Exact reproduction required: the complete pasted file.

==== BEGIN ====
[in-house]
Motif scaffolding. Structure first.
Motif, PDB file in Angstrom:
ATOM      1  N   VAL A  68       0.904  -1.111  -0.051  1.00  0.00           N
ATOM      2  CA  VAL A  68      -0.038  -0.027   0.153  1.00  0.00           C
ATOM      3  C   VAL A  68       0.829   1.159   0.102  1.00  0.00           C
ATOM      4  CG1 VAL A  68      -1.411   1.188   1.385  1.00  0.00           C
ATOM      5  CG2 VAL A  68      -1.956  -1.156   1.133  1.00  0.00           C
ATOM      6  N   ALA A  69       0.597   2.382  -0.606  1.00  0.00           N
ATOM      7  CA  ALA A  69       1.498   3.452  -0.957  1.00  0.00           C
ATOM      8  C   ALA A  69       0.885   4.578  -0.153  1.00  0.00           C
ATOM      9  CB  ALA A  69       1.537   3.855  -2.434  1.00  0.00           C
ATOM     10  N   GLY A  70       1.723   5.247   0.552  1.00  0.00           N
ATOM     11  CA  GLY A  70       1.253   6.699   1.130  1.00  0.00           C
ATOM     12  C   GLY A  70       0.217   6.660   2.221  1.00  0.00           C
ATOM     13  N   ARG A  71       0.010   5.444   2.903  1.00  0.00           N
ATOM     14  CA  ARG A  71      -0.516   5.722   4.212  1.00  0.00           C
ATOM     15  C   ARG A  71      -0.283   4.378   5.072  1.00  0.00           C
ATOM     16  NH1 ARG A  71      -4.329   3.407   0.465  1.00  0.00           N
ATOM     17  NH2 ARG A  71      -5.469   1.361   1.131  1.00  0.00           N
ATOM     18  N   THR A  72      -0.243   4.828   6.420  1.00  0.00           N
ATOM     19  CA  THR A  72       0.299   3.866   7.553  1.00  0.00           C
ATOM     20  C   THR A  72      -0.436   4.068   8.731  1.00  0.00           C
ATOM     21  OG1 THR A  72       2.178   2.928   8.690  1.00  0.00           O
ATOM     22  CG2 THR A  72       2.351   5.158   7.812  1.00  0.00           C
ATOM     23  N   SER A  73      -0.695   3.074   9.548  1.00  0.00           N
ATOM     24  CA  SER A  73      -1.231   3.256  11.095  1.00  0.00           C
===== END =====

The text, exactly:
[in-house]
Motif scaffolding. Structure first.
Motif, PDB file in Angstrom:
ATOM      1  N   VAL A  68       0.904  -1.111  -0.051  1.00  0.00           N
ATOM      2  CA  VAL A  68      -0.038  -0.027   0.153  1.00  0.00           C
ATOM      3  C   VAL A  68       0.829   1.159   0.102  1.00  0.00           C
ATOM      4  CG1 VAL A  68      -1.411   1.188   1.385  1.00  0.00           C
ATOM      5  CG2 VAL A  68      -1.956  -1.156   1.133  1.00  0.00           C
ATOM      6  N   ALA A  69       0.597   2.382  -0.606  1.00  0.00           N
ATOM      7  CA  ALA A  69       1.498   3.452  -0.957  1.00  0.00           C
ATOM      8  C   ALA A  69       0.885   4.578  -0.153  1.00  0.00           C
ATOM      9  CB  ALA A  69       1.537   3.855  -2.434  1.00  0.00           C
ATOM     10  N   GLY A  70       1.723   5.247   0.552  1.00  0.00           N
ATOM     11  CA  GLY A  70       1.253   6.699   1.130  1.00  0.00           C
ATOM     12  C   GLY A  70       0.217   6.660   2.221  1.00  0.00           C
ATOM     13  N   ARG A  71       0.010   5.444   2.903  1.00  0.00           N
ATOM     14  CA  ARG A  71      -0.516   5.722   4.212  1.00  0.00           C
ATOM     15  C   ARG A  71      -0.283   4.378   5.072  1.00  0.00           C
ATOM     16  NH1 ARG A  71      -4.329   3.407   0.465  1.00  0.00           N
ATOM     17  NH2 ARG A  71      -5.469   1.361   1.131  1.00  0.00           N
ATOM     18  N   THR A  72      -0.243   4.828   6.420  1.00  0.00           N
ATOM     19  CA  THR A  72       0.299   3.866   7.553  1.00  0.00           C
ATOM     20  C   THR A  72      -0.436   4.068   8.731  1.00  0.00           C
ATOM     21  OG1 THR A  72       2.178   2.928   8.690  1.00  0.00           O
ATOM     22  CG2 THR A  72       2.351   5.158   7.812  1.00  0.00           C
ATOM     23  N   SER A  73      -0.695   3.074   9.548  1.00  0.00           N
ATOM     24  CA  SER A  73      -1.231   3.256  11.095  1.00  0.00           C